New York's Cooperative and Condominium Community
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Habitat Editor Tom Soter speaks with Board President Paul Backalenick about the difficulties of keeping the peace on the board.
Read this article and watch the video in the digital edition.
Paul Backalenick has been the president at 24-42 Bennett Avenue, a 56-unit cooperative in the Hudson Heights section of Manhattan, for three years. Replacing an autocratic, unpopular chief executive, Backalenick brought an easy-going style to his role, seeking out consensus, not confrontation. He has had great success in changing the tone of the talk – and in actually accomplishing something: a major capital improvement project involving the roof. Backalenick sat down over breakfast with Habitat’s editorial director, Tom Soter, to talk about life at 24-42 Bennett Avenue.
You’ve been on three boards: a condo in Boston, a co-op on East 25th Street in Manhattan, and now a co-op on the Upper West Side. In two out of the three, you became president. You like to have, as you put it to me, “knowledge and control.” Yet there is a time to control and a time to collaborate. Tell us about how you decide to do which.
If I did everything, I couldn’t handle it all. I’m a big believer in delegation. I do a lot, but I can’t do it all. Let me give you an example. We had a minor tax problem. We actually overpaid one year and tried to apply the overpayment the following year. So it was very minor, but we have a very detail-oriented guy on the board, he’s terrific, and he was concerned about this issue, so I said, “Sydney, you handle it.” I just delegated it to him. And he ran with it, and he’s still firing letters back and forth to the tax assessor, filing notices and so forth. It was finally adjudicated, and we got some sort of small refund.
You recently began repair work on your building, and you imposed a 14 percent maintenance increase. Why?
We had a serious problem with our roof: we’ve got apartments complaining of water streaming into them, there are beds getting soaked at night, just horrible things; plaster falling down, bricks getting loose on the outside, a lot of risk, a lot of danger. An engineer told us, “The walls could collapse; it could destroy your building. You have to fix it.” We didn’t have the money in the bank – it’s over half a million dollars we had to raise – so we went and got a loan, which wasn’t easy to get because we already had a mortgage on the property. This second mortgage was for $750,000, and $750,000 translated into monthly payments that amounted to nine percent more than we had been paying on our maintenance.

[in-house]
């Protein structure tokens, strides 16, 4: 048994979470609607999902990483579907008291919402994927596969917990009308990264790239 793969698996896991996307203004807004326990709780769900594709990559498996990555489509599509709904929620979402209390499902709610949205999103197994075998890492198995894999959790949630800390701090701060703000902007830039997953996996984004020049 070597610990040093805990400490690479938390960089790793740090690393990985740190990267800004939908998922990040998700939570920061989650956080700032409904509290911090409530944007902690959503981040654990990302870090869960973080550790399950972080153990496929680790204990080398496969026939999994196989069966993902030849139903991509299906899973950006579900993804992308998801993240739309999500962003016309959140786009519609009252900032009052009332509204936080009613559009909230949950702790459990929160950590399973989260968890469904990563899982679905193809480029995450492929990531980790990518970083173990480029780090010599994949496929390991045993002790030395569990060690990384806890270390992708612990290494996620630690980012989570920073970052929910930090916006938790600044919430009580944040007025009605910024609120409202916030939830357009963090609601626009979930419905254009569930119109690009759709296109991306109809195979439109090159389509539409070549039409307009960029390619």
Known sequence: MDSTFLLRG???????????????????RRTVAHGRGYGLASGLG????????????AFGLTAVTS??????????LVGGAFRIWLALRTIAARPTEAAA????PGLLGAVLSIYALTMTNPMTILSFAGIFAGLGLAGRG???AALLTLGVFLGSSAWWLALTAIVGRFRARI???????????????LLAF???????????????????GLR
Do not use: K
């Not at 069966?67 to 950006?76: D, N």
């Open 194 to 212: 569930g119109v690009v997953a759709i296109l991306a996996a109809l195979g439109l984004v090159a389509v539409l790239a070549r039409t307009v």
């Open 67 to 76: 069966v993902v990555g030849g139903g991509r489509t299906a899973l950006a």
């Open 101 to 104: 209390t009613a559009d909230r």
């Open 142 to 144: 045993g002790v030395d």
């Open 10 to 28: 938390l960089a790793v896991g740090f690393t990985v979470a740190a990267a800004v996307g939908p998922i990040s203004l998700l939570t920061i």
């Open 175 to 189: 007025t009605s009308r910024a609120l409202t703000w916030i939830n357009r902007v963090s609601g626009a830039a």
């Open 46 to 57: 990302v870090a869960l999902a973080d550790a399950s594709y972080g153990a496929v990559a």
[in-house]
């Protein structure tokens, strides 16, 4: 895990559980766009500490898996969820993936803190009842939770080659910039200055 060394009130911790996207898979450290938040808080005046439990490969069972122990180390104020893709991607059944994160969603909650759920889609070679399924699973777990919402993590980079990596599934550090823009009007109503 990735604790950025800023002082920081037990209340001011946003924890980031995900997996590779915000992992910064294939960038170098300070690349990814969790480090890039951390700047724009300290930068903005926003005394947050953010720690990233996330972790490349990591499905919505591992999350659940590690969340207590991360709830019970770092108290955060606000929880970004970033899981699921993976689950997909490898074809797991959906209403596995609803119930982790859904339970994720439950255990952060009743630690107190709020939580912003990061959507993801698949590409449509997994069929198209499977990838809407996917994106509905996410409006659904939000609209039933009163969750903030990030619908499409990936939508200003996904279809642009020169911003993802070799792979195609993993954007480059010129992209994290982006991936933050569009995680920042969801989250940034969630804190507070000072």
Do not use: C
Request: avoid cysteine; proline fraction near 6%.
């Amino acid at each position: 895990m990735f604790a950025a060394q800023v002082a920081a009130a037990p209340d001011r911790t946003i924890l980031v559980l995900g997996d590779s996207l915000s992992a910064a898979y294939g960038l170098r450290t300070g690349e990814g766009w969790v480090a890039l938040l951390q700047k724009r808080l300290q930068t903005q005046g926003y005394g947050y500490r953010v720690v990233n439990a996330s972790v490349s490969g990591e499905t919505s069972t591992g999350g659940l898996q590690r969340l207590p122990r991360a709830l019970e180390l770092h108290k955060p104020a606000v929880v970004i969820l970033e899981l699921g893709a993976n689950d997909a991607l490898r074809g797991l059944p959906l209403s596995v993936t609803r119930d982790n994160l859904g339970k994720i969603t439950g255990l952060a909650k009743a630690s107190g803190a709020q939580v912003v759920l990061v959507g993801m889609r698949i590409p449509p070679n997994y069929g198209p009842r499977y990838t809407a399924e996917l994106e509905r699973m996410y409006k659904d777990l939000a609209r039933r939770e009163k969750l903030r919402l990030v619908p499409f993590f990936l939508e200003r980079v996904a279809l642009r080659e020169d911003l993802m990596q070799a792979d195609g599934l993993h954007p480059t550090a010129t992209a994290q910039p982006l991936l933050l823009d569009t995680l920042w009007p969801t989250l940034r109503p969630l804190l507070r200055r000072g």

So did you have to sell that to the shareholders?
I had to explain it to them, more than once. And I tried very hard to – others would be able to say whether I did a good job of it or not, but I thought that if I could lead people along in understanding how the process evolved… We had other costs as well. I have an MBA, and I’m fairly financially oriented. I pay attention to the financial statements, see where the expenses are going. The price of heating oil is going up, for instance. That just has to drive a maintenance increase ultimately. You can’t cut back elsewhere. What are you going to do, cut out the lights? You have these expenses, and if one component gets bigger, it’s going to ripple down to the maintenance.
When dealing with issues that arise, when are you rigid and when are you flexible?
Most of the time you have to be flexible. We’ve got a situation right now where an elderly tenant keeps overflowing her bathtub. She doesn’t recognize that the water has risen to the top. It’s happened several times. And the apartment below, the resident has been complaining that something’s got to be done, he can’t stand it another minute, what can the building do to prevent this from happening in the future? Well, there’s a rigid way of responding to that, which is to get the attorney involved and to start a legal process with letters and essentially, threats. But there’s the more flexible way of handling it, which is always my first choice and which is what I did in this case, which was to say, Let the parties talk to each other. Let’s see if they can work it out. Let’s use the property manager as an intermediary, and try to referee this thing. It’s an elderly person who has a housekeeper and she needs to check more carefully.
In other cases, it’s good to be inflexible. Like pet policy. The board members felt we needed to be very specific in how we defined the rules; otherwise it’s too much discretion in terms of someone turns up with a big dog and we seem arbitrary. It’s easier to point to a rule, to say here’s the rule. Then you can point to a rule instead of being the hard guy setting the limit out of your arbitrary opinion.
What circumstances would you have to face to step down?
I don’t think I would willingly leave the board. It’s not only giving up power, it’s giving up information. No matter how much you communicate, you really don’t know what’s going on behind the scenes if you’re not a board member. So, I would miss that. I wouldn’t willingly leave it.
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